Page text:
LinkedIn has been growing in the last couple of years. The Microsoft-owned social media platform is for professionals where they can list their credentials and skills, and in return, they are hooked up with job opportunities.
In Kenya, the number of people using LinkedIn is substantial, but it appears a lot of people do not spend much time there.
According to a social media report compiled by USIU, 43% of Kenya LinkedIn users only access the platform for less than thirty minutes daily. These numbers were collected and examined for the year 2020.
That aside, the fake news monster appears to be a thing still. Fake news, which refers to just that (false and unverified) have been used to achieve many things, mostly political mileage. It is a headache for genuine news outlets and consumers alike because they falsely shape their opinions based on a matter that likely doesn’t exist.
The concern is amplified for uses who are not tech-savvy or those who are incapable of taking multiple steps to verify what they are consuming. Often, the older generation is the major victim.
According to the same report, 83.5% of Kenyans who have come across fake news are likely to have shared it, mostly because they believe what they read without substantiating a story’s authenticity.
Furthermore, it has also been established that a lot of Kenyans are following and interacting with their favourite brands online, mainly only social media pages. The number for this case is 78%, measured for 2020.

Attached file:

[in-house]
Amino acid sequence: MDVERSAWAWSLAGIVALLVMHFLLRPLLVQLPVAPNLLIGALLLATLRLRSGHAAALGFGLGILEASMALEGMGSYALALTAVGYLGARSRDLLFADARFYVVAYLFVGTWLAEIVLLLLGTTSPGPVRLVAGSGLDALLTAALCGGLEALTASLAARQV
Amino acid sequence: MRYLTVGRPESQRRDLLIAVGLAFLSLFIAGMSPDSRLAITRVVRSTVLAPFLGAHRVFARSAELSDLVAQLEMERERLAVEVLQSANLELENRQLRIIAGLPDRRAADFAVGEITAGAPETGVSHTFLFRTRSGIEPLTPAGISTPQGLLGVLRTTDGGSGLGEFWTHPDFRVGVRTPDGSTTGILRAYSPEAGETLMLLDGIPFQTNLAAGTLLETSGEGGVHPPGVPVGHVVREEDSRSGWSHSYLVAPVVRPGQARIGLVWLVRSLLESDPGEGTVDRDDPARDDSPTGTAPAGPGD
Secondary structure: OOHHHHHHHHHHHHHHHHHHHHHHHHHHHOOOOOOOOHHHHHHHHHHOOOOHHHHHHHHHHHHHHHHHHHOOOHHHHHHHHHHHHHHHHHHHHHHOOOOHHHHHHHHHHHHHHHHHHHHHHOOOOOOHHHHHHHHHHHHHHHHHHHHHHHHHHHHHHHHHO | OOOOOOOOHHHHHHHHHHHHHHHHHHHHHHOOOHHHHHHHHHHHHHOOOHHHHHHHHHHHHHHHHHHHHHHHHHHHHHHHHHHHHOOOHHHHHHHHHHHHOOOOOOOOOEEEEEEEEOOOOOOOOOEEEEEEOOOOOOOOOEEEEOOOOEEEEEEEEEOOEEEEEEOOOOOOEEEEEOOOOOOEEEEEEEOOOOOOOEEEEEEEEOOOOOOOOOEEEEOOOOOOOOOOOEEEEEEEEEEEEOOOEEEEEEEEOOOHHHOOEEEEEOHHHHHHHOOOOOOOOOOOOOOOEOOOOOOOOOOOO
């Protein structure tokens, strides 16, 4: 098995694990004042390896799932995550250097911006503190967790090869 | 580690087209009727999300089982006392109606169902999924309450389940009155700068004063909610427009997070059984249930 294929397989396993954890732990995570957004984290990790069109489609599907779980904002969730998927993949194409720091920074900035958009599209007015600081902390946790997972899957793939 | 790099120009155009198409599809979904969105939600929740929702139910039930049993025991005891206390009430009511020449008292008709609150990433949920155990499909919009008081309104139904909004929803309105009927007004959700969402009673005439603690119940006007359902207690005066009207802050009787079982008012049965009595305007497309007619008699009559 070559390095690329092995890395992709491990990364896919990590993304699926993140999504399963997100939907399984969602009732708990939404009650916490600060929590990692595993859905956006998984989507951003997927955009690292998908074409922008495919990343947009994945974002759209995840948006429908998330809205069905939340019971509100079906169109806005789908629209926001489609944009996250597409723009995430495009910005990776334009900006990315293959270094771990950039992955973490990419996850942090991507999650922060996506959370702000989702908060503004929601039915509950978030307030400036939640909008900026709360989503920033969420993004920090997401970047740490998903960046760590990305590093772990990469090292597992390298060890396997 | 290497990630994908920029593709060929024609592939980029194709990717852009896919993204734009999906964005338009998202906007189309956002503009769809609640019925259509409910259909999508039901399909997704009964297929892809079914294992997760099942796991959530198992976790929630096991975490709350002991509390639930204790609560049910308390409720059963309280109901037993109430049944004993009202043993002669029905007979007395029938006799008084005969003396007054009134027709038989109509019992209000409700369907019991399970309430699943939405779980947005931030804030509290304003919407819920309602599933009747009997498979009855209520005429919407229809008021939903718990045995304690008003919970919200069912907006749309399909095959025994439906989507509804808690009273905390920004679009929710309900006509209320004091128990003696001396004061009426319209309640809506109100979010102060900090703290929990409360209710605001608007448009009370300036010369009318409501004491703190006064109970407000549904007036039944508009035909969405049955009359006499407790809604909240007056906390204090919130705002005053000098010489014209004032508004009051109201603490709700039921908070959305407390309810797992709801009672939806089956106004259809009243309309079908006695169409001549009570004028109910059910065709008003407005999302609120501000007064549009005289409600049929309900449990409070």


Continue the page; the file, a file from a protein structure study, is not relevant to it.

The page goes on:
In Part 1, we mentioned that Facebook was losing users, and we gave a couple of reasons for the development. Some of the users need a replacement, so they have migrated to the likes of Snapchat, whose user base grew by 17.7% in Kenya in 2020.
In cases where 61% of Kenyan men are not hiding on Twitter under fake identities, the platform is still very popular and doing okay, especially among people who think they are too ‘woke’ for the likes of Facebook.
Twitter, according to the report, has since seen its user base increase by 14.3% in 2020.
In the same breath, about 47.7% of social media users are using the platforms under fictitious names.
Blogs and online harassment
The report cites that 86.9% of Kenyans read blogs (mostly entertainment blogs), and complement them with social media to make their own decisions.
Lastly, up to 33% of social media users have reported being harassed – and this is quite common if you make a couple of clicks on Twitter and Facebook.
If harassment is becoming overwhelming for you, this is how you can handle the case: